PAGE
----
The Great Ubuntu Upgrade project has been underway for nearly a week now. the upgrades to 9.04 went absolutely smoothly–almost everything worked afterwords (printers and drivers needed to be reinstalled). But, I upgraded my Compaq C714NR to 9.10 on Friday, and did a fresh install on Sunday, with the ensuing gigabytes of system patches and additional package installs to restore essential functionality to my development system, and still no wireless. This particular model, along with a few others that use the Broadcom wireless chips, have been the bane of the Linux users’ existence. With diligence, one can get the wireless networking to function, but it is never clean or straight-forward.
Today, we even resorted to booting Windows Vista (and suffering through the six months of upgrades since we last booted it) just to make sure we had the wireless chip turned on. But, this time, when we rebooted to Linux, the red light was on. One of the most frustrating parts of the whole roll-your-own solution and follow the footsteps of others–who have had a slightly different model chipset and on a different version of Ubuntu–is that is is really easy to make things worse.
The Broadcom STA driver is an abomination. It compiles, and you can insmod it and talk to the chips, but removing the b43 and ssb drivers and trying to use just the wl driver gets nothing. The Broadcom documentation is essential a demo version–the procedure is not persistent through a reboot. I finally reinstated the b43 and ssb drivers, booted, removed those drivers, and did a manual insmod, on wl, per the Broadcom README, and I got a blue light, and can even do iwlist scanning, but the dhcpclient still won’t talk to the chip. In this current episode, I used a modified version of Sampbar’s (Samuel Barrett) procedure for 8.04, and created a script that allows the b43 and ssb drivers to load to turn on the chip, then dumps them and substitutes the wl driver. Looks good, but still doesn’t work.
One of the issues is that, despite all the messages to the forums and helpful hints, I haven’t found a comprehensive documented guide to the design of the networking startup process so we know what is happening where and when. The /etc/network/interfaces file has a lot to do with the configuration, but doesn’t seem to be the whole answer. The device driver modules have everything to do with it, but also interact with a lot of other utilities.
Wifi-radar I have used for some time, but have never actually gotten it to work–I always end up fiddling with the network settings and just use wifi-radar to verify I have connections. Looking more closely this time, it looks like the default settings in wifi-radar apply to a machine with a DHCP server, not the client. Lots of tweaking with very little guidance.
The path of least resistance seems to be to get away from the Broadcom chipset altogether and get a USB wifi adapter. But, the mileage with those seems to vary also–some folks say it works out of the box (or at least imply that installation was “normal,” which could include ndiswrapper setup or that the drivers were in Linux already). Looking through the specs on various manufacturer’s adapaters, it appears that slightly different models or even production runs of the “same” model may have different chipsets in them, some of which work with Linux and some of which don’t.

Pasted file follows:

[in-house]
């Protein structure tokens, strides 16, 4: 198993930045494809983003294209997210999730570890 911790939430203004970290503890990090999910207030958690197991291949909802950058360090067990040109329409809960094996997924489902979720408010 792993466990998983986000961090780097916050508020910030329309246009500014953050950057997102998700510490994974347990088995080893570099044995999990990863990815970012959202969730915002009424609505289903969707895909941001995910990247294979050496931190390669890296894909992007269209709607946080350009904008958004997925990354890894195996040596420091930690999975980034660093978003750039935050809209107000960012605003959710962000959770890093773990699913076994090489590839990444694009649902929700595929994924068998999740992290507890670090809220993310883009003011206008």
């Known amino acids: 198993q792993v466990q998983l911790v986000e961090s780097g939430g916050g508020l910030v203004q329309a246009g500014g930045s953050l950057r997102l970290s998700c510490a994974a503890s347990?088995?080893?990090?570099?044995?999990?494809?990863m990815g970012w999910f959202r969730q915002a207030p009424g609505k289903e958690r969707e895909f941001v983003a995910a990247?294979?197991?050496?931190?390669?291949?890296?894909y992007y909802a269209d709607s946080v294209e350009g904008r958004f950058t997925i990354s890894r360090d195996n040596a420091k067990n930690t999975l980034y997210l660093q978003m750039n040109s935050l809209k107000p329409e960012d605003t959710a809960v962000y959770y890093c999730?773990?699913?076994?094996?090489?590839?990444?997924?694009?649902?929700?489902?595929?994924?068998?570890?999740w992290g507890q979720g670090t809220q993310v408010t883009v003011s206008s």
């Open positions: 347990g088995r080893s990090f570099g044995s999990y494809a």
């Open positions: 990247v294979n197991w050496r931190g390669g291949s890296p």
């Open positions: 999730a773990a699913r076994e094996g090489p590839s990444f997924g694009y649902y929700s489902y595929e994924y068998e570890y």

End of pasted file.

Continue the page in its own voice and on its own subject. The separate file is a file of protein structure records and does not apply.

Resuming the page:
Essentially, this miasma is created by the open standard to which the “PC” class of Intel/AMD machines are built. When you buy a machine from Sun or Apple, it just plain works out of the box, but you can’t add anything to it that isn’t in the hardware compatibility list for the OS (Solaris or OS/X)–it is guaranteed not to work. Only devices with tested and certified drivers will work with these machines. Now, Unix generally expects devices and device drivers to be solid and well-behaved, since they link with the kernel, so this seems to be a very good plan. On the other hand, vendors make a lot of money just grinding out Windows drivers for their proprietary chipsets. Supplying drivers for Linux means a couple of things: 1) the code is open, which then reveals the chip settings and the design of the device, and 2) the devices need to be well-behaved and the drivers written to cover all cases without locking up or crashing.
So it goes. the outcomes of this diversion is yet to be concluded. One of the things we did learn was that you really shouldn’t keep upgrading a highly-customized machine. Eventually, it becomes necessary to backup the data, clean off the machine, and start over. There are a number of glitchy problems that have been observed in 9.10 that seem to be related more to upgrading from earlier versions: The panics and black screens and graphics blowups that evolved as we fought with the wireless driver issues have not resurfaced with the fresh install. But, the “powersave click” started up right from the install CD boot, requiring tweaking the modprobe.d configuration file for the sound card.
So, what’s next? I may decide to try one of the more stable industrial-strength distros, like CentOS, which I have used in clusters and production servers, as the base system, and run Ubuntu and other distros as virtual machines. A new machine is not yet in the budget, but a new disk drive and more RAM will run about $100, which would provide enough power to do virtualization.